Objectives and key results (OKR) is a popular goal management framework that evolved over time. It is used to set goals, oversee them and track employee progress.

OKRs have become an important part of performance management  in most organizations; many HR managers are adopting them for employee goal setting. How did objectives and key results come into existence? Here’s a timeline of how OKRs evolved over time.

(1954) Peter Drucker’s Management By Objectives – MBOs

In 1954, Peter Drucker, a renowned American author and a consultant in the field of organizational development and management, introduced the concept of Management By Objectives (MBO). Management By Objectives were also known as Management By Results (MBR).

MBO is an approach where the objectives of an organization are agreed upon and decided between the management and the employees so that the employees understand what exactly is expected of them and set their individual goals.

(1968) Andrew Grove’s Objectives and Key Results – OKRs

Objectives and Key Results were invented and promoted by Andrew Grove, one of the founders and the former CEO of Intel, in 1968. Andrew Grove was the first one to implement OKRs in an organization; he appended keyresults to Goals.

According to Andrew Grove’s book, High Output Management (1), there are two questions that need to be answered to set up a system of OKRs in an organization.

  1. Where do I want to go? – The answer to this question defines the objective
  2. How do I pace myself to see if I am getting there? – The answer to this question helps you add measurable key results to the objective.

Andrew Grove’s OKRs gained popularity over the later years and spread across many tech companies.

(1974) John Doerr Joins Intel

A venture capitalist named John Doerr joined Intel in 1974, as an engineer and marketing manager for micro-computers. He learnt about OKRs during his time at Intel.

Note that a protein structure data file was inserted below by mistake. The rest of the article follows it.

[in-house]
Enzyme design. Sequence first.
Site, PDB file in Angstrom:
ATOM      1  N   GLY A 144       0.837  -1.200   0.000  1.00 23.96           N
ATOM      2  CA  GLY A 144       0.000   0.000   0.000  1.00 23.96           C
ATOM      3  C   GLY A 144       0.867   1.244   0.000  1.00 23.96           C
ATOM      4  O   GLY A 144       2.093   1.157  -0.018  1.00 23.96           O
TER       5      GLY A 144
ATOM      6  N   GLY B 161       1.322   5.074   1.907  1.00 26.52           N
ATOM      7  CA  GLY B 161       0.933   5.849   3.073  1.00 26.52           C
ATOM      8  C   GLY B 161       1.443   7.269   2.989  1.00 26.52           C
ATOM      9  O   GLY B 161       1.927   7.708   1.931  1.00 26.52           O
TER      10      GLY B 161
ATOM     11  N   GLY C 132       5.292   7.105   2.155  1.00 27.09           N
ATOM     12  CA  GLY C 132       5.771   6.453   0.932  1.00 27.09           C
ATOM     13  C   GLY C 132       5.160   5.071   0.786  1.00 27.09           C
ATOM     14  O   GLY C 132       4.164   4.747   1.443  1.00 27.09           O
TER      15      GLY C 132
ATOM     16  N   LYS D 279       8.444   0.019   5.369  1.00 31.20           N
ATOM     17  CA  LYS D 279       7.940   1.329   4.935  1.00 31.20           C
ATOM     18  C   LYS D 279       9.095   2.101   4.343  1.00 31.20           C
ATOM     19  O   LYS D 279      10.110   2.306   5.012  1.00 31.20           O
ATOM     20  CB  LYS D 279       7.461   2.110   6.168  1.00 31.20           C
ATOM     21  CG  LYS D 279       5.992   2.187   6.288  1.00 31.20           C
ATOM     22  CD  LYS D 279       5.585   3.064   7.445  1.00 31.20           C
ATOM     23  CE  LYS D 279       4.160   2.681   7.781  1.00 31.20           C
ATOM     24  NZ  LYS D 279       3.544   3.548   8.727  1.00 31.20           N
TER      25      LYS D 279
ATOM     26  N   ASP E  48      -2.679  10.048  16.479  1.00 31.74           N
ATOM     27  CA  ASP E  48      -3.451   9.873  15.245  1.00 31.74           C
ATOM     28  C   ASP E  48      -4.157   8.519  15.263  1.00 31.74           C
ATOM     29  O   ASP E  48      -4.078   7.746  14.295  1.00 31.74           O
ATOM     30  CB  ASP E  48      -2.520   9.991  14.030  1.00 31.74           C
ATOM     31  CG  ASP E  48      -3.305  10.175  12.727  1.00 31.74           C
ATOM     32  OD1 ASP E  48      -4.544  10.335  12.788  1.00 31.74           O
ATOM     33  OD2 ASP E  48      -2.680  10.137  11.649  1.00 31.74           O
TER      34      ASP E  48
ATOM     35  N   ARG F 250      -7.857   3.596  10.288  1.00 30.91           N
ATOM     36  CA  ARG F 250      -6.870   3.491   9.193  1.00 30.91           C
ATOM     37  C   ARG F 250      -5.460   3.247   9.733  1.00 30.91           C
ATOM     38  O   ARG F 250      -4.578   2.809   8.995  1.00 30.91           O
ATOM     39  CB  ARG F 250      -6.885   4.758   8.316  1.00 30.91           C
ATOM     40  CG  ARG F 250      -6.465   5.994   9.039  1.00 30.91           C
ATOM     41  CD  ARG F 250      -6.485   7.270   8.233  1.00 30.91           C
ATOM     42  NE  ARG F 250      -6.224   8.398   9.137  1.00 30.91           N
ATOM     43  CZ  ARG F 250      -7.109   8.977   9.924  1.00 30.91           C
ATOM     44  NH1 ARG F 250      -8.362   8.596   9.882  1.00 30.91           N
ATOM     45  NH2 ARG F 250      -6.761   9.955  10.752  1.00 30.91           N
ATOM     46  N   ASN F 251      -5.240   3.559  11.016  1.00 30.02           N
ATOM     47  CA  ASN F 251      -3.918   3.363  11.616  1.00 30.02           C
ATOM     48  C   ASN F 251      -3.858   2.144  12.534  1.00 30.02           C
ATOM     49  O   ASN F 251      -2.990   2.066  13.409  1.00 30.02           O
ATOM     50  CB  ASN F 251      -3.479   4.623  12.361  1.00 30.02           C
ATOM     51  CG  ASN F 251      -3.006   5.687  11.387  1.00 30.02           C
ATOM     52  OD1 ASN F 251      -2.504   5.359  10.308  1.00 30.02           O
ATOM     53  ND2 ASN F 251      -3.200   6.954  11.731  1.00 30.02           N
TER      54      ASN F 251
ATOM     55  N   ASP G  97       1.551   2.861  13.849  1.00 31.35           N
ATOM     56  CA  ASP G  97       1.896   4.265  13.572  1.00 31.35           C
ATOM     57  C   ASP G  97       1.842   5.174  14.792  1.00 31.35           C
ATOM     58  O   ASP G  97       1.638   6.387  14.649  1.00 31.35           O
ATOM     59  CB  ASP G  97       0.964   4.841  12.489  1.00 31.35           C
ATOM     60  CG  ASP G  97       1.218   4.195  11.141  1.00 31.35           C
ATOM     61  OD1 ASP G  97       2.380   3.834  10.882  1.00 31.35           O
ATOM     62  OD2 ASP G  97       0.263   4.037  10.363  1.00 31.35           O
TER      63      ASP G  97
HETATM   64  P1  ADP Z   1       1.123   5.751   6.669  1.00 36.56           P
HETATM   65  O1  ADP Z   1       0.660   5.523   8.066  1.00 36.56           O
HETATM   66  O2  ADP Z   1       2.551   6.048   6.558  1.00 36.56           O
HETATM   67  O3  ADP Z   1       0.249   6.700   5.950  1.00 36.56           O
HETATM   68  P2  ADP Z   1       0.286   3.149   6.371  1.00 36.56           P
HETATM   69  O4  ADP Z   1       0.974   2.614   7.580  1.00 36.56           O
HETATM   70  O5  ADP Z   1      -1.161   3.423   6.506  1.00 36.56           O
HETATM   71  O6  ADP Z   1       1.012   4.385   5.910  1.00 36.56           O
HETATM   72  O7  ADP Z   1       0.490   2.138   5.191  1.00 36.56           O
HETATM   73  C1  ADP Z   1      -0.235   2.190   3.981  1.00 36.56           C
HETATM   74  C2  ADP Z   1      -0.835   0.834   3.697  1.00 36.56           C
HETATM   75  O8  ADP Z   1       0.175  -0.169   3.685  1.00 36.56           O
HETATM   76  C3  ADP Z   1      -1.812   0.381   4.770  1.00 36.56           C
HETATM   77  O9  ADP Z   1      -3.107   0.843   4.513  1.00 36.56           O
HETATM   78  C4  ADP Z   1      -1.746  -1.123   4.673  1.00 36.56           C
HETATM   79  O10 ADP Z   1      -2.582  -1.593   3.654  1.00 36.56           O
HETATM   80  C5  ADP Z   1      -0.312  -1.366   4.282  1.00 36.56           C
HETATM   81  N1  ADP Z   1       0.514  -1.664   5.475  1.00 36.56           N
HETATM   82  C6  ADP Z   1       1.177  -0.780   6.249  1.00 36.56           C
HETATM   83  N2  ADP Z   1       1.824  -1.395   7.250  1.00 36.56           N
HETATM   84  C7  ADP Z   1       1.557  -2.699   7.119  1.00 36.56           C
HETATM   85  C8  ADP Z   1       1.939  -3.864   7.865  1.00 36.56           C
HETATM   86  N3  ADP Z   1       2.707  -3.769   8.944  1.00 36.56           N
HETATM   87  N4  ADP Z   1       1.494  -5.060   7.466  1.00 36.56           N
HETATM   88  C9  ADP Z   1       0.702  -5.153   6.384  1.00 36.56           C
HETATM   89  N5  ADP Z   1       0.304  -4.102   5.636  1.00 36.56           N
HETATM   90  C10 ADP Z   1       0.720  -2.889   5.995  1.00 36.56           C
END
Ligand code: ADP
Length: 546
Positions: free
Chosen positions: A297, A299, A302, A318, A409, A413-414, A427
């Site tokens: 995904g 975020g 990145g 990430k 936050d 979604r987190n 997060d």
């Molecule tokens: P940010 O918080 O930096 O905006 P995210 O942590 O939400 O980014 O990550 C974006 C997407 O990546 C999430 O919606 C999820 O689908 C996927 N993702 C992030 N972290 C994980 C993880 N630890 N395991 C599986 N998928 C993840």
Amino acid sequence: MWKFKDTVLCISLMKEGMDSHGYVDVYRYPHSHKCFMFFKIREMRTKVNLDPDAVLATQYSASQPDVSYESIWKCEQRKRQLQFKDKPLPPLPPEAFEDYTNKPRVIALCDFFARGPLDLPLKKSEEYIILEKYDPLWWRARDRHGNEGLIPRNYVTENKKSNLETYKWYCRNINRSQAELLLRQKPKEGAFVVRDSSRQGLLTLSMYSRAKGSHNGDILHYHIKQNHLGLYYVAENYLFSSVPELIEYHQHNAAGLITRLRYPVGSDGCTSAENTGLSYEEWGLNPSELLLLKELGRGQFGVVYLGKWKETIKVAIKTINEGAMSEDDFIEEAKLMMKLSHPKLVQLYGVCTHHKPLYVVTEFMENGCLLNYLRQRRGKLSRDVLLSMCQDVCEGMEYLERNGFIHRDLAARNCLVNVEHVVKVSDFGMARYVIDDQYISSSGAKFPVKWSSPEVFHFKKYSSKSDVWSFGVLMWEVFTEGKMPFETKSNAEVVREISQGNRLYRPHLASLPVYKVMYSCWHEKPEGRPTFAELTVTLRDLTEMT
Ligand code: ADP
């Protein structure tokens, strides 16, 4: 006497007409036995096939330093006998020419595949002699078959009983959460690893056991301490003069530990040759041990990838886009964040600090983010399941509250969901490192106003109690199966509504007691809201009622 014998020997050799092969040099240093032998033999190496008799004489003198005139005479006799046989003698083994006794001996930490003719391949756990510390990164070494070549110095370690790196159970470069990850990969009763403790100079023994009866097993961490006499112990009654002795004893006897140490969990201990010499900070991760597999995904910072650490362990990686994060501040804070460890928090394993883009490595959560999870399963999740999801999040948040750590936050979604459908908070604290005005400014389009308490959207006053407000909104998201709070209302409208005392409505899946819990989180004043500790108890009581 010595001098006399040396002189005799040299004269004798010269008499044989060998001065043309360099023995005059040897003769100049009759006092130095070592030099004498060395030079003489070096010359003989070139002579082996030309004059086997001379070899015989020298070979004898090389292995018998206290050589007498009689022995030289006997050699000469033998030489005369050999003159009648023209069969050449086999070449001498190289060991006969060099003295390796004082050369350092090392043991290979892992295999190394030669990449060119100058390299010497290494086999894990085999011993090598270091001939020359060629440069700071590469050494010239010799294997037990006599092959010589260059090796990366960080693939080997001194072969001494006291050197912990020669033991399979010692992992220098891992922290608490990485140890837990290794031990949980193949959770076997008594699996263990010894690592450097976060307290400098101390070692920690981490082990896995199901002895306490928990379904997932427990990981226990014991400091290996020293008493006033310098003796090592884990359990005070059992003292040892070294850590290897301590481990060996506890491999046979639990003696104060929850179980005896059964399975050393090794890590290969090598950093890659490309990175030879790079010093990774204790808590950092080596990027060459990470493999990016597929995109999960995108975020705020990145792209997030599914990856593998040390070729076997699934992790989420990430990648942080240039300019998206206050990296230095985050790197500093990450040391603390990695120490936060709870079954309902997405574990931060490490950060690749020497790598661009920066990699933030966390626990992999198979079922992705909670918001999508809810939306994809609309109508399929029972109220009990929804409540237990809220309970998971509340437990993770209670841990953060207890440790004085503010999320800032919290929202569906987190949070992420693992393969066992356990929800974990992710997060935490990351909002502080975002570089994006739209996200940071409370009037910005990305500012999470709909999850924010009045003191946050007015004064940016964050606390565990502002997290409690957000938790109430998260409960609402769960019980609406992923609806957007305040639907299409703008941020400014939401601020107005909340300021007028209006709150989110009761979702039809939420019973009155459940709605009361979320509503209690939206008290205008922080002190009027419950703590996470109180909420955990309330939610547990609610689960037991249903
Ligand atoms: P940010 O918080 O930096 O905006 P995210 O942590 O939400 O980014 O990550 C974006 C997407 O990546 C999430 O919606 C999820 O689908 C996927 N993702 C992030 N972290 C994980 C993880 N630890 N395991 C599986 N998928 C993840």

In 1980 he joined Kleiner Perkins Caufield & Byers, who were major investors in Google, and sponsored numerous investments (Compaq, Cypress, Intuit, Macromedia, Lotus, Netscape, Sun Microsystems, Symantec) that created over 30,000 jobs.

(1999) John Doerr Introduces OKRs To Google

In 1999, John Doerr who learnt about OKRs from Andrew Grove in Intel, introduced OKRs to Google which was just a year old startup  back then (2). Google made sure that everybody’s OKRs were public. There was nothing hidden or secret about OKRs. The OKRs had to be challenging and measurable.

(1999 – 2000) Popularity Of Google’s OKRs

The implementation of Objectives and Key Results changed the way things worked at Google. Goals were more open, easily understood and measurable. This use of OKRs set off a precedent and as a result, OKRs are utilized even today at Google. Except, it’s no longer a start-up today. It’s a multinational tech giant which is poised to become the first company valued at a trillion dollars by 2020.

Google shortened the OKR cycle process and made it quarterly where objectives and key results were overseen and set every quarter. Today, Google sets annual and quarterly OKRs and holds company-wide meetings quarterly to share and grade OKRs.


References:

(1) High Output Management By Andrew Grove, 1983

(2) Keys to OKR Success: A Q&A with the Man Who Introduced OKRs to Google, John Doerr, by Kris Duggan.

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